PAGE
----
As for NCLB, IF it stays around, Hist/SS may get added to the mix.....last May, there were some US Senate hearings about "American young people" not knowing much about our history and the Constitution. Senators Kennedy and Alexander were the chairs for those hearings, which included testimony from Historian David McCulloch. (Sp?).

But, I know your saddness at being a teacher of an orphin topic.....our current principal once remarked, "Polski, think of it this way, you're teaching language arts with a social studies emphasis."

Keep the Faith !

At 3/21/06, 7:31 PM, Blogger "Ms. Cornelius" said...

I am not so sure. Can the Powers That Be really add more? Do they really want history education to be emphasized?

Is that what I really want?

Unsure, unsure... but damned if you do, damned if you don't.

At 3/22/06, 7:20 PM, Blogger Heather said...

This problem is not new to NCLB; you'll find it anywhere that there is high-stakes testing. I taught French in Maryland a few years before NCLB, and the state test (MSPAP)did include Social Studies and Science. The rest of us were explicitly told that our function was to support the other departments. I was expected to do all sorts of English language activities in my classroom, and was horribly frustrated as a result. What a difference when I moved to VA where I taught Social Studies (yes, I was certified), and was well-treated, as it is a SOL subject!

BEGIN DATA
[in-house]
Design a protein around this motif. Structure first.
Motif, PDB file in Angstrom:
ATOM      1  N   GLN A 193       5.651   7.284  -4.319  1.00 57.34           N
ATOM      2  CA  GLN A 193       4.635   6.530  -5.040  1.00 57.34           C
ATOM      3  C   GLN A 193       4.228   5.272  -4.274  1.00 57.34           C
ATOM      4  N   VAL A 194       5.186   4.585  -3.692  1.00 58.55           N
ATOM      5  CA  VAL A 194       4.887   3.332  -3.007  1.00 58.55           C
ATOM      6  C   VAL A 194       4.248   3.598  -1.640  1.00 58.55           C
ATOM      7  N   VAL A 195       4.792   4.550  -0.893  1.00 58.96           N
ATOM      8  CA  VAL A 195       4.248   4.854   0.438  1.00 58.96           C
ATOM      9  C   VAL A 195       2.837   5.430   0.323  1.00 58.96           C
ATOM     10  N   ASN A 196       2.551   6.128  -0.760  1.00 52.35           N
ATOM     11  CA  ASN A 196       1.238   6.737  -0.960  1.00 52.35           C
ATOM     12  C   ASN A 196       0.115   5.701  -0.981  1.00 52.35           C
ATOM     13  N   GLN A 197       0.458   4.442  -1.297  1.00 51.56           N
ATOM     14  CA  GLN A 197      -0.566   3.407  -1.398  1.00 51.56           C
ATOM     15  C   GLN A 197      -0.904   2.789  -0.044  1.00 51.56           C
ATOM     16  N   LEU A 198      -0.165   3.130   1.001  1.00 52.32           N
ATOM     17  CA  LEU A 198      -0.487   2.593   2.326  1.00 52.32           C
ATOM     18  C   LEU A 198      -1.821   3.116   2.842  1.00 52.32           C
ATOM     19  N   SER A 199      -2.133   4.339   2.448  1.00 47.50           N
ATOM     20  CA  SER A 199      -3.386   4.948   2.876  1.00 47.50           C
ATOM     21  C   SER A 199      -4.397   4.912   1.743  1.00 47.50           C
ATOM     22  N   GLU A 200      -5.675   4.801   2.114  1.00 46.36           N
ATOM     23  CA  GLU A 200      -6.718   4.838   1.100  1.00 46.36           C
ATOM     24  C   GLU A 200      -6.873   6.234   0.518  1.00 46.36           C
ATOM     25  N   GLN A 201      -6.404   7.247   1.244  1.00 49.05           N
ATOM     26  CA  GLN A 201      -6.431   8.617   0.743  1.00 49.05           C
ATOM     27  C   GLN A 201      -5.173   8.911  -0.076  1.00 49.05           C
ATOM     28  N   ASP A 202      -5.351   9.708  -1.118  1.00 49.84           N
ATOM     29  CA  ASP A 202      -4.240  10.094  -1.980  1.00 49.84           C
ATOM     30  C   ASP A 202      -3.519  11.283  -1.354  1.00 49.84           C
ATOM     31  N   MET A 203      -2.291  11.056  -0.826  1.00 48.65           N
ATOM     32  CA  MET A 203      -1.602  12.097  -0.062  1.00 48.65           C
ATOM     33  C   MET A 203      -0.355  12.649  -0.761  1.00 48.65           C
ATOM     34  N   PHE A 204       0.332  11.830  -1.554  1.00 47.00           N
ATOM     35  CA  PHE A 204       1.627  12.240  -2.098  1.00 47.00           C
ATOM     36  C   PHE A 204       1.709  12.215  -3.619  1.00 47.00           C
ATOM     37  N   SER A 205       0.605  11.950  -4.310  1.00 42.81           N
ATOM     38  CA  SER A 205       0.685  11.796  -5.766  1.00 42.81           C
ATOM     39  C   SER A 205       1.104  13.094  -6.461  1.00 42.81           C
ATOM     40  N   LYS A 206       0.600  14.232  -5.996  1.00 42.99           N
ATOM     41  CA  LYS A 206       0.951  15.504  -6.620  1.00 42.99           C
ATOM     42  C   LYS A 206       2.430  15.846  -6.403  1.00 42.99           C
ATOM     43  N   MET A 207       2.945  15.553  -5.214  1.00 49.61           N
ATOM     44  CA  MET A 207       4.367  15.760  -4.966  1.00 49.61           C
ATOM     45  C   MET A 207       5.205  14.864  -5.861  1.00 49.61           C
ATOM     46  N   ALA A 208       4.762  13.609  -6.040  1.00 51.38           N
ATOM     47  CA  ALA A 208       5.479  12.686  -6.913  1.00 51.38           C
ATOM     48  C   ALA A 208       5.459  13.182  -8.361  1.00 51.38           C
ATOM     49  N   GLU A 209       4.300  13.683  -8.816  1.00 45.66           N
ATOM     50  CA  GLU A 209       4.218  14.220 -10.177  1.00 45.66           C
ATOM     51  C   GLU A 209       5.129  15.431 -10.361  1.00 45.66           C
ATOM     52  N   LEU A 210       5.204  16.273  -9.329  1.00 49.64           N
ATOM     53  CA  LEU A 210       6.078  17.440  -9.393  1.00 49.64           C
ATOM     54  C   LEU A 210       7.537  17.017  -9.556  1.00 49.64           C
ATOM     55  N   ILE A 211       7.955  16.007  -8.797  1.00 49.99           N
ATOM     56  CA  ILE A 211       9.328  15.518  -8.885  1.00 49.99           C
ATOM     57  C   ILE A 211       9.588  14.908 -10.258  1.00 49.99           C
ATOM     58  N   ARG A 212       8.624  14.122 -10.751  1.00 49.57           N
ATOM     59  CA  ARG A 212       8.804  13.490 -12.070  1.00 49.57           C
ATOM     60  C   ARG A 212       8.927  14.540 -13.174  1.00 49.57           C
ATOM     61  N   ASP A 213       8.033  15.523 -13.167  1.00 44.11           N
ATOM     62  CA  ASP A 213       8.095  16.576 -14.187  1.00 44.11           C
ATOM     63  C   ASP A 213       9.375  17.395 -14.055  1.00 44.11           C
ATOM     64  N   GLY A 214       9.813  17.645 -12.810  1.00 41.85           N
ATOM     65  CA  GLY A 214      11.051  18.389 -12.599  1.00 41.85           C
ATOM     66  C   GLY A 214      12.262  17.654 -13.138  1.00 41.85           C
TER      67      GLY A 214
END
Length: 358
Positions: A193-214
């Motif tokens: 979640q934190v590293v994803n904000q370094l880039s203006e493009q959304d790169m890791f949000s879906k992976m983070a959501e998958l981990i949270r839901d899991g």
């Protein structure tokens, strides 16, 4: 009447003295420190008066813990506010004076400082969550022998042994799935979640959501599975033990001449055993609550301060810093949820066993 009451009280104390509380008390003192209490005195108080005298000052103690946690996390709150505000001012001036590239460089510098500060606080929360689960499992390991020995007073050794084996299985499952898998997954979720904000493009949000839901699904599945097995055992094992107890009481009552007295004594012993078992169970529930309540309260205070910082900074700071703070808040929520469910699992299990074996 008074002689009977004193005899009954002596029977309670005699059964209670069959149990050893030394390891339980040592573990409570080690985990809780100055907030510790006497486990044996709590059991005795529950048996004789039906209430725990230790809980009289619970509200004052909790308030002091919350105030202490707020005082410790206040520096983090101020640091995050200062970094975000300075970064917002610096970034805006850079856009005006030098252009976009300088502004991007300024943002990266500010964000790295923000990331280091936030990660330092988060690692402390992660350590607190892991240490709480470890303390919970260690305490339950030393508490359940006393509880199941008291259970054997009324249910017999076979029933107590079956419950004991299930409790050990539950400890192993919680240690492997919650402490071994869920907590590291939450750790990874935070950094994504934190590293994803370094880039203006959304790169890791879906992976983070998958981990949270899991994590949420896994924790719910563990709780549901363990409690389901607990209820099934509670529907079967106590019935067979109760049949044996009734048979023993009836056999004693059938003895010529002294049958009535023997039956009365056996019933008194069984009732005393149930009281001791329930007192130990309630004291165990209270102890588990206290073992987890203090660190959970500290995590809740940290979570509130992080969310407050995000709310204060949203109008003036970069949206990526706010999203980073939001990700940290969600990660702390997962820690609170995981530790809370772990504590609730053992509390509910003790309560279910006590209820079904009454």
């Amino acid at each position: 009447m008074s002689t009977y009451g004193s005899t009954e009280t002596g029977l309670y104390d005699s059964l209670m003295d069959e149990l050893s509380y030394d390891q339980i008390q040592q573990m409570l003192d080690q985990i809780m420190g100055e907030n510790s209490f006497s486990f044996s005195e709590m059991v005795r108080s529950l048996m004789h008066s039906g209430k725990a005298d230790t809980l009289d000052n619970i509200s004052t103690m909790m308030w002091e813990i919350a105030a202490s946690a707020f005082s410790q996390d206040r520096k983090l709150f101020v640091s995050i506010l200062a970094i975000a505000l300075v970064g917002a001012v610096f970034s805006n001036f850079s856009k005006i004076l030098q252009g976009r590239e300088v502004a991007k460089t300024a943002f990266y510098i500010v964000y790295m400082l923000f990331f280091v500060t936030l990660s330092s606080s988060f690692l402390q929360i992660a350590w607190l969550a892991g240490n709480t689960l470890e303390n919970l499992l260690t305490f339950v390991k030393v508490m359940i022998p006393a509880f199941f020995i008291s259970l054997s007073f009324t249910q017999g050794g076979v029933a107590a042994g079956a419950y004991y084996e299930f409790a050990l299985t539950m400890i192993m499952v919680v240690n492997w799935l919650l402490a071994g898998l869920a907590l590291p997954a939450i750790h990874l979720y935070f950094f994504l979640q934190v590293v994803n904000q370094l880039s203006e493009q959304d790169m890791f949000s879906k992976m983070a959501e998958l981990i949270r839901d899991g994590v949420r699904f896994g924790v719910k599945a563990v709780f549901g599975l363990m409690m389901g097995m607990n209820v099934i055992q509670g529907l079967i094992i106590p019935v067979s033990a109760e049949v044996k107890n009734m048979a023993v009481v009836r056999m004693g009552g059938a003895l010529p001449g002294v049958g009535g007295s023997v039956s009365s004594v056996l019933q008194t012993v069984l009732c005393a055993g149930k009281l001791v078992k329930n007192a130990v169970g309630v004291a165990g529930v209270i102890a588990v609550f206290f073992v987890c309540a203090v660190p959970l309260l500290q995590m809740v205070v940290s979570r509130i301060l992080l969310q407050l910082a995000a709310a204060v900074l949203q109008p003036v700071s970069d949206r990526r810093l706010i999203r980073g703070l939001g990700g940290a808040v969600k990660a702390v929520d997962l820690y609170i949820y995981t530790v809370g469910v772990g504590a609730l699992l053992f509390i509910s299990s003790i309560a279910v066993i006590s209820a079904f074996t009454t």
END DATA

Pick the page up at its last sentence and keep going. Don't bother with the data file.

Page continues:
At 3/23/06, 6:17 PM, Blogger Strausser said...

Well I teach 8th grade Science in Arizona at a K-8 school and I totally feel your pain. Our district is feeling the preasures and so have mandated 90-minute uninterupted reading/language arts blocks in our primary grades every day. That is all well and good but that means that both science and social studies takes a back seat in the curriculum.

Now people are starting to panic because starting next year in Arizona, our standardized state test (AIMS) is going to cover Science as well as math, reading and LA. And then social studies/history will be added a couple of years down the line.